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On Friday, during the show “Squawk Box,” CNBC Market Analyst Jim Cramer compared oil and other fossil fuel stocks to “the stigma attached to investing in tobacco companies” as shares of both Chevron and Exxon both fell in early trading Friday after announcing quarterly results. According to Cramer, young people’s views are having an impact — “This has to do with new kinds of money managers who frankly just want to appease younger people,” Cramer said. “We’re starting to see divestment all over the world.” And from the Big Ten to the Ivy League, universities are becoming a focus of divestment efforts — student leaders from across the Big Ten Conference last weekend called on their institutions to begin divesting from fossil fuels, representing 500,000 undergraduate students across 14 institutions.
Why This Matters: We are reaching a point where a consensus of public opinion — particularly young people who are pressuring their elders to change — is that fossil fuel stocks are bad investments, not just bad for their impact on climate change. When BlackRock announced its intention to divest, that was a huge signal to investors that its time to change strategies and put investment dollars into more sustainable businesses. And these big fossil fuel companies are not performing financially — missing their earnings targets is bound to dampen investor enthusiasm and may even trigger more sell-offs. Not to mention the increasing success of divestment efforts to generate bad publicity for holding onto fossil fuel stocks.
Poor Performance By Oil and Gas
One of the issues is that fossil fuel companies are not diversifying their energy portfolios fast enough and their stocks are losing value. Both Chevron missed revenue expectations, as well as Exxon’s lower earnings per share came in below what analysts expected. One of the biggest problems is the glut of oil and gas on the market today causing consistently low prices for oil and natural gas. However, CNBC’s Cramer also explained that even if oil and gas companies hit their numbers, he thinks the stocks will not turn around.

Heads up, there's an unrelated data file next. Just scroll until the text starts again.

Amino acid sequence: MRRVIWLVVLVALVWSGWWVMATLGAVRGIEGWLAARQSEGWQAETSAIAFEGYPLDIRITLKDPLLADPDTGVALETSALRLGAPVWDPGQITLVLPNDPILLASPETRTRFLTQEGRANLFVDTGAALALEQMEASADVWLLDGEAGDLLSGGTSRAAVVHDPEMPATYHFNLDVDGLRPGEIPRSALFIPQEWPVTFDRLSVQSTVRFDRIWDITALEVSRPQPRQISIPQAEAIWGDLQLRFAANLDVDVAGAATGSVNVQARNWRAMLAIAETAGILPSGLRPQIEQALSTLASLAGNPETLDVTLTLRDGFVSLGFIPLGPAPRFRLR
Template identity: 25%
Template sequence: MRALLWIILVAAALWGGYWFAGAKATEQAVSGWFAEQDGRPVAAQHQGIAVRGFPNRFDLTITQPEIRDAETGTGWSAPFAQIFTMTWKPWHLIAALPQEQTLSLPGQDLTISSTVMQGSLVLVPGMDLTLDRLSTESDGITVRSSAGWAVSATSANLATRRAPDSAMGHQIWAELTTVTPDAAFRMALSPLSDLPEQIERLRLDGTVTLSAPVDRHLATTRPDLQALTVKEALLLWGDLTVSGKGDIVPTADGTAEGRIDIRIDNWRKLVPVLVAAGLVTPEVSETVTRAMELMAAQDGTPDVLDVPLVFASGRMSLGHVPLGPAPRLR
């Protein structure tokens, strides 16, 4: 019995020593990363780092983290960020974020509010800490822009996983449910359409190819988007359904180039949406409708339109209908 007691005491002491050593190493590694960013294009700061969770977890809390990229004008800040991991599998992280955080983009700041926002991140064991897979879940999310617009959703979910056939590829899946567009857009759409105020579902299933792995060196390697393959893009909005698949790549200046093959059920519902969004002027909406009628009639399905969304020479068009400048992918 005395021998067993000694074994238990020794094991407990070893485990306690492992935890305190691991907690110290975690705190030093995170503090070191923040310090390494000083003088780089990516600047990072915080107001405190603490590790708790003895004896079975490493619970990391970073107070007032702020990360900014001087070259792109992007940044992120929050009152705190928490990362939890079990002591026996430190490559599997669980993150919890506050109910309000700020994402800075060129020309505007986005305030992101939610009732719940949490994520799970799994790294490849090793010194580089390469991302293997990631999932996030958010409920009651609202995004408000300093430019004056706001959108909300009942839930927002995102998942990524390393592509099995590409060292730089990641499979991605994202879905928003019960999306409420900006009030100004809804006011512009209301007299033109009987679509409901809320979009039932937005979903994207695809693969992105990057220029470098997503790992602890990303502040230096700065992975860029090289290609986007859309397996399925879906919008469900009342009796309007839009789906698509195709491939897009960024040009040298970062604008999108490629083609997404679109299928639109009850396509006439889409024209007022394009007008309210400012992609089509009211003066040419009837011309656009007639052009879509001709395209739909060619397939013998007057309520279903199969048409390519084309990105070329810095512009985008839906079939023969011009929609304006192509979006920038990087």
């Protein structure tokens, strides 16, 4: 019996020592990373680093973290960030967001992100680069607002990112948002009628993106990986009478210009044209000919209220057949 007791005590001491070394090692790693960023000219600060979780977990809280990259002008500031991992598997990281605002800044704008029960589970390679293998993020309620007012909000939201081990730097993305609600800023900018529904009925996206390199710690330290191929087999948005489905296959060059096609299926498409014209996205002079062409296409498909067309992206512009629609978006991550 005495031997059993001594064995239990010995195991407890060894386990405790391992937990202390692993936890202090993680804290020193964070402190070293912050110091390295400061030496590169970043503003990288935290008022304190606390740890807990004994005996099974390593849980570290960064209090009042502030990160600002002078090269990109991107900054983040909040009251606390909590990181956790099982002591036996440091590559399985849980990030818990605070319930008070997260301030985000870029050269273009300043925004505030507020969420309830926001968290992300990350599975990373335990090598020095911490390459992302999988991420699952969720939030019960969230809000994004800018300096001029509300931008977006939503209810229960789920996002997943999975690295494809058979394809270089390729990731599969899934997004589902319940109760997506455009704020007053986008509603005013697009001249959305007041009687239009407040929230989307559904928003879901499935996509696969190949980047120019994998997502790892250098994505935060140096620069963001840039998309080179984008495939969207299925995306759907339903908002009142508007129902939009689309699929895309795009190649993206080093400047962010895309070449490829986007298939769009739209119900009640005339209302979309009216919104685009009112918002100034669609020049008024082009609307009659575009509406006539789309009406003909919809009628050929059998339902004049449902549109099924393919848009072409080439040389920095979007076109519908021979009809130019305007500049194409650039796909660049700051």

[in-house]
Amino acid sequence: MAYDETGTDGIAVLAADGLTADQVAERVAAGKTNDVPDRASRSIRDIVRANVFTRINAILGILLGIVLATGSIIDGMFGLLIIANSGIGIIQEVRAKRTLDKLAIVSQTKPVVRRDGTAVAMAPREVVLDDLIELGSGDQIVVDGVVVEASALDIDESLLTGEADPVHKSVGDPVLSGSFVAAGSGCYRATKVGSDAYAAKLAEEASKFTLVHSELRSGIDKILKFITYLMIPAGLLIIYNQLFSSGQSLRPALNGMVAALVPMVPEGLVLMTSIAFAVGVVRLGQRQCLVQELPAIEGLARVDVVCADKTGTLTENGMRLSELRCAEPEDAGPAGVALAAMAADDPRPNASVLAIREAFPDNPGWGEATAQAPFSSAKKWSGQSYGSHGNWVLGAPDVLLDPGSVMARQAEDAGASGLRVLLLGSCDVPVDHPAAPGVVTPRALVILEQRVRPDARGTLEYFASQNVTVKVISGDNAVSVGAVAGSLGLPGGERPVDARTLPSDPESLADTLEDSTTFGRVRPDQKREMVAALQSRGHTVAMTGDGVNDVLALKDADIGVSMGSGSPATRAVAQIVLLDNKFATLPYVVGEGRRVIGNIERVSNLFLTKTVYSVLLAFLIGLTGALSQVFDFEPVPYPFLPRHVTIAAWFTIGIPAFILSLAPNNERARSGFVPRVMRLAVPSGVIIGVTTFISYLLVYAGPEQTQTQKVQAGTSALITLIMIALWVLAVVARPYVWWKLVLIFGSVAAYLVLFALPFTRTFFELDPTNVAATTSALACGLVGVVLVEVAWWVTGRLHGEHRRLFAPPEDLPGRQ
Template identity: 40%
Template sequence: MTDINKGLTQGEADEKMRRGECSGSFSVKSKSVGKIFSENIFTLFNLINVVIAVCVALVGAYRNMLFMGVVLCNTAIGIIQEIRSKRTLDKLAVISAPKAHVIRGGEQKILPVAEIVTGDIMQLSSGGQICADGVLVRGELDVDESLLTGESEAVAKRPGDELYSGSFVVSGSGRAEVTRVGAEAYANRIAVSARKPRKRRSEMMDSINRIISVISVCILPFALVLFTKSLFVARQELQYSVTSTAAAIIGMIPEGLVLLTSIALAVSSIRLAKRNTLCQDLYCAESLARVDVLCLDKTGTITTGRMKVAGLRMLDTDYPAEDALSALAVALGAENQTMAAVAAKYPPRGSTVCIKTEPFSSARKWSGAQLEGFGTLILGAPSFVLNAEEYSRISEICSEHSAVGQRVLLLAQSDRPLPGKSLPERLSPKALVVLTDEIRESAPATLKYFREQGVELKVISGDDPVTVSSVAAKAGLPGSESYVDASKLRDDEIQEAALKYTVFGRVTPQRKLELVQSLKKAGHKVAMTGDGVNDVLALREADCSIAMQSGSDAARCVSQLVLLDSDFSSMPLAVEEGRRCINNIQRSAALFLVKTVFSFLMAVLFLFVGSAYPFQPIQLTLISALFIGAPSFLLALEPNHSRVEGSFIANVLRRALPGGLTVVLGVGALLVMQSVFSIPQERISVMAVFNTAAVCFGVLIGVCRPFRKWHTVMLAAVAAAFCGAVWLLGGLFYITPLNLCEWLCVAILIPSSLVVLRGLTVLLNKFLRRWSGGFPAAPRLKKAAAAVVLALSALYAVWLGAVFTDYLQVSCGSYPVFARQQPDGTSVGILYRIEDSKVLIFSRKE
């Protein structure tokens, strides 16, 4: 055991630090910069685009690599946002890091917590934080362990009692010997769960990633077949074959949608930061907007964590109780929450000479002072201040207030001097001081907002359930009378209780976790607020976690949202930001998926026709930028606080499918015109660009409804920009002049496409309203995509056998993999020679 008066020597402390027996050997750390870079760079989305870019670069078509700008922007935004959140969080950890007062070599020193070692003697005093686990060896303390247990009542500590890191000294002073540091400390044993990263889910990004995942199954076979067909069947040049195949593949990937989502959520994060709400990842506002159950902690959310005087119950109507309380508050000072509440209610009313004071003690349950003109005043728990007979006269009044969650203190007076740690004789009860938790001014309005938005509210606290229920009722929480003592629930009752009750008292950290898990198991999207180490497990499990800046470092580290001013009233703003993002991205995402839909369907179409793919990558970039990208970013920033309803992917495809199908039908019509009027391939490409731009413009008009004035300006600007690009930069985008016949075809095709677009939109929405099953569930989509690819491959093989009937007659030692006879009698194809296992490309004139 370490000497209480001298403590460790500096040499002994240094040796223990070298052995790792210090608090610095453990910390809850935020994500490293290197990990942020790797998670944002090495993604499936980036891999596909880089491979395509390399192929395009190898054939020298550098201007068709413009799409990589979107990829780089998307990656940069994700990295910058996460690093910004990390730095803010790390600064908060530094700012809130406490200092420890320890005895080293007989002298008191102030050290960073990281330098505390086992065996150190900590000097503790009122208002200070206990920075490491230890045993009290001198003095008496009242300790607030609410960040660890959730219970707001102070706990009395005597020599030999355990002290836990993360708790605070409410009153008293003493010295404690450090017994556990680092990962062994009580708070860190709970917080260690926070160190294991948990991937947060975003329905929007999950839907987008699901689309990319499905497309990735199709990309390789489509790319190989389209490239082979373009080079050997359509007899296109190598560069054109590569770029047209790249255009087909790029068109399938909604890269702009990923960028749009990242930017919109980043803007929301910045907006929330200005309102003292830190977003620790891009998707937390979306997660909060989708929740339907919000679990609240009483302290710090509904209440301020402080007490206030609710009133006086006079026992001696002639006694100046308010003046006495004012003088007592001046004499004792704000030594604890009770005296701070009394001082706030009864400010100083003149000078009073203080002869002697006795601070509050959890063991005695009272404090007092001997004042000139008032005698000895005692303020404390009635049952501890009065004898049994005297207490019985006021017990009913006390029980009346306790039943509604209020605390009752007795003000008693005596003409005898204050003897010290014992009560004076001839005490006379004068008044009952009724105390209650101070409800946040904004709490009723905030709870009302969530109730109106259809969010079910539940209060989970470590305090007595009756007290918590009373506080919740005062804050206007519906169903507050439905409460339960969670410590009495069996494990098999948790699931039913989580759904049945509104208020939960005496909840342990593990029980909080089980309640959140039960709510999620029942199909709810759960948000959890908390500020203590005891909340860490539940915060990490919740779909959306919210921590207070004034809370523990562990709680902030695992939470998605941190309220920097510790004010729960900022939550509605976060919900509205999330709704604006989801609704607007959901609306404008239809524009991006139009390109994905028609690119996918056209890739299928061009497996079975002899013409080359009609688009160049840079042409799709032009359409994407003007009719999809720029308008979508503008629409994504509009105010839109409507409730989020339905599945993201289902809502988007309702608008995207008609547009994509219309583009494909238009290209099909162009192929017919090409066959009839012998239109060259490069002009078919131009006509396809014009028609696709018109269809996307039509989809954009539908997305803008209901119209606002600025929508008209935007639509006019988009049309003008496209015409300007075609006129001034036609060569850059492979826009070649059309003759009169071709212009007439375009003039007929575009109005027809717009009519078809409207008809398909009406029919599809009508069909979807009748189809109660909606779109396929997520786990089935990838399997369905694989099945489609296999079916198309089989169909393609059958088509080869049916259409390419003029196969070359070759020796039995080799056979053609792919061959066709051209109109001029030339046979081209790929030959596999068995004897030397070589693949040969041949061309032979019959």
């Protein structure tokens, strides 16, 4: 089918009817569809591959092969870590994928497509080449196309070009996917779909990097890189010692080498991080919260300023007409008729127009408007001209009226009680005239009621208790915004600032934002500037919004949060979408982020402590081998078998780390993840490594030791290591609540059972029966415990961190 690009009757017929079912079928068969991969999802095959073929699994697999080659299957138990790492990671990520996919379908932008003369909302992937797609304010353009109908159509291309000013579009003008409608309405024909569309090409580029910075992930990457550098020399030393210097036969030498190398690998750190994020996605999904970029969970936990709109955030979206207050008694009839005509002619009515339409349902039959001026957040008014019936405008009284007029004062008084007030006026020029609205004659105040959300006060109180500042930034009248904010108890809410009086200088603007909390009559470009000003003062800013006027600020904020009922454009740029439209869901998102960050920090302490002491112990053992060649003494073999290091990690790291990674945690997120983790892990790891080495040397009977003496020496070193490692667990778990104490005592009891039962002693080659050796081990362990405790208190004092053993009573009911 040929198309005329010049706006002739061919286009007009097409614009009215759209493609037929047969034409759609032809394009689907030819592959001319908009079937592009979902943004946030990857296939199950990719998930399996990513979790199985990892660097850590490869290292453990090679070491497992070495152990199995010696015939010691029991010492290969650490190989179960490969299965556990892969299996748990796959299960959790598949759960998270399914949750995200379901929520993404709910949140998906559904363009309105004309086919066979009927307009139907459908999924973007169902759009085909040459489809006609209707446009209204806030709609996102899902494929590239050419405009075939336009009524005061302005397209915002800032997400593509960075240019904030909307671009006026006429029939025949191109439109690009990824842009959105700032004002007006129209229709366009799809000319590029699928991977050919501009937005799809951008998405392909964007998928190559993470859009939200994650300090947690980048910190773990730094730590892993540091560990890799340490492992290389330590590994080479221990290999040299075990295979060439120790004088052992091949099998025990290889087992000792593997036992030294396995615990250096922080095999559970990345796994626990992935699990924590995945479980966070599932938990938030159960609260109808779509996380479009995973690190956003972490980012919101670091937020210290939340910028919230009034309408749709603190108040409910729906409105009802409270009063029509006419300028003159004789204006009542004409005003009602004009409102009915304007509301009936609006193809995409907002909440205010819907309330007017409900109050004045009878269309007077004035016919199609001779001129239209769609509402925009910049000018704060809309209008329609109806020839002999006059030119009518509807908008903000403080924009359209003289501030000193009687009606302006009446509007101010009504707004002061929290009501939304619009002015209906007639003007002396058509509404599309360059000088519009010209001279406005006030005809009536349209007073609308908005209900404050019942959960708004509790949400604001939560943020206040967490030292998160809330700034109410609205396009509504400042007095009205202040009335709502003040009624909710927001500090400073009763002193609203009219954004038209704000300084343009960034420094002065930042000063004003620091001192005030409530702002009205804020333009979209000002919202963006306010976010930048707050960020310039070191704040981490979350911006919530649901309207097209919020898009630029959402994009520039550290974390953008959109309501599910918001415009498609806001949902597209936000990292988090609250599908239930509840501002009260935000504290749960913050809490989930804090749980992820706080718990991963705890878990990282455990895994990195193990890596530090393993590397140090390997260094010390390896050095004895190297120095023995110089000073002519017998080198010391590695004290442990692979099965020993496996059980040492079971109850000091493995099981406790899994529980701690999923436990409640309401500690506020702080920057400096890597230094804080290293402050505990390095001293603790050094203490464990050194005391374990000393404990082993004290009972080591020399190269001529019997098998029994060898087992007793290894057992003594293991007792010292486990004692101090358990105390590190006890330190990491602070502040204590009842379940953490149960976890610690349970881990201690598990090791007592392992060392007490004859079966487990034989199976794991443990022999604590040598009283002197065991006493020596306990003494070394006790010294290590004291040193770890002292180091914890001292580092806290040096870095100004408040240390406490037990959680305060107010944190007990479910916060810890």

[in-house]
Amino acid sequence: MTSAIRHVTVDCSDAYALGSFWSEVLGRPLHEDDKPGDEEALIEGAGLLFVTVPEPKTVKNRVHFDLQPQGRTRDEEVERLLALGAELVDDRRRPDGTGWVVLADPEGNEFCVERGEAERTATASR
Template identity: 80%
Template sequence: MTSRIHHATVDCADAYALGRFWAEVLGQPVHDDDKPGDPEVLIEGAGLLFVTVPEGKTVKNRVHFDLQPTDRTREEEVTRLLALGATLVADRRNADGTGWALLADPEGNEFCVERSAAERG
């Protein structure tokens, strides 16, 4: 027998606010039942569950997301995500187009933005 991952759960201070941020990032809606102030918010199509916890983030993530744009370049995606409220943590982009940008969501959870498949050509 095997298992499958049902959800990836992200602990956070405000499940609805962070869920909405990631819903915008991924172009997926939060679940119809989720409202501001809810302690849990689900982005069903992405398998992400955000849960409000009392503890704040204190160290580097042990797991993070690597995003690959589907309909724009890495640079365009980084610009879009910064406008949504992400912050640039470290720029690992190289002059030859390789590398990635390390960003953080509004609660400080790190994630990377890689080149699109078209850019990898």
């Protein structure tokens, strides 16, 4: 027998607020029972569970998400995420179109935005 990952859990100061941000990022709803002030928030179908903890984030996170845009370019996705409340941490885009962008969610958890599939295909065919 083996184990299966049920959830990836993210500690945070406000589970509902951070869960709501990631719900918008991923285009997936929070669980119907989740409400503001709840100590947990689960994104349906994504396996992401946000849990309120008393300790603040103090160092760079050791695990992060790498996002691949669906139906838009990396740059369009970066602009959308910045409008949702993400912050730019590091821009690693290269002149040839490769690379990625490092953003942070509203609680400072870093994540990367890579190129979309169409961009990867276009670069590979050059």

by Ashira Morris, ODP Staff Writer Cities and towns across Florida can no longer ban fossil fuels and prioritize clean energy projects after Gov. Ron DeSantis signed a new law. The bill preempts local plans that restrict or prohibit energy planning, nullifying 100% clean energy commitments in cities from Tallahassee to Sarasota. The law takes […]
by Natasha Lasky, ODP Staff Writer California has been struggling to regulate its oil industry in a way that protects human health. Though it’s been a year and a half since Governor Gavin Newsom directed oil regulators to install protections for Californians who live close to oil and gas drilling sites, no bills have been […]
by Natasha Lasky, ODP Staff Writer Two major American automakers are further ramping up their electric vehicle goals. General Motors plans to increase its spending on electric and autonomous vehicles to $35 billion through 2025, a 30% jump over its most recent forecast. Similarly, Ford Motor Company’s luxury Lincoln brand predicts that about half of […]
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